The Nationwide House Price Index has revealed that over 95% of mortgage borrowers have opted for a fixed-rate mortgage in the past few months, and half of those were five-year fixed deals.
There has been a significant drop in five-year fixed mortgage rates, with the average rate falling 0.19% in the last 12 months. The gap between the average two and five-year fixed rates has narrowed, encouraging borrowers that typically jump from one short-term rate to another to consider fixing for longer.
According to Moneyfacts.co.uk, the difference between the average five and two-year fixed rate on a 95% loan-to-value (LTV) is currently only 0.33%, and the gap is at its narrowest on a maximum 75% LTV at 0.27%.
Darren Cook, finance expert at Moneyfacts.co.uk, said: “It seems that competition within the five-year fixed-rate mortgage sector is pushing the average rate down closer towards the two-year fixed average rate. As a result, the difference between these two average rates now stands at 0.31%, which is 0.11% lower than it was a year ago.”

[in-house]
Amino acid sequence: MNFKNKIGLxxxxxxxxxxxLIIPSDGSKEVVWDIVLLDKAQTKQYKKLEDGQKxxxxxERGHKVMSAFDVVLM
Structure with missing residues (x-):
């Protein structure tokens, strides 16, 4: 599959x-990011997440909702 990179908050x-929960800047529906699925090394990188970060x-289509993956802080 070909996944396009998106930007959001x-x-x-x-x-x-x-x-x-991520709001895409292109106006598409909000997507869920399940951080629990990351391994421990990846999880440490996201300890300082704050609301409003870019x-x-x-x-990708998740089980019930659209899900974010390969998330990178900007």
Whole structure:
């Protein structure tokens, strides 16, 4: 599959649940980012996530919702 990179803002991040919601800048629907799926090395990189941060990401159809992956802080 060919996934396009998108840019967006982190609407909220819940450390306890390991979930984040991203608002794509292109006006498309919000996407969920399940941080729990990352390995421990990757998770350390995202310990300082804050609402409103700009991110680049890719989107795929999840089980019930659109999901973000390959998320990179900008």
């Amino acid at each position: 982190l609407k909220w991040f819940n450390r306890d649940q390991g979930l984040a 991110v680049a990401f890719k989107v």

Reduced monthly repayments
Moneyfacts highlights that with the gap between the two and five year fixed rates narrowing, the difference in the monthly repayments is reducing, too. On a repayment mortgage of £250,000 over 25 years, the average two-year fixed rate repayment stands at £1,115.26, while the average five-year repayment is £1,154.56. The difference of £39.30 per month for an extra three years of financial security will be attractive to many borrowers.
Borrowers might be facing economic uncertainty, but falling rates on longer-term mortgages are cushioning the blow as they choose to lock in for longer.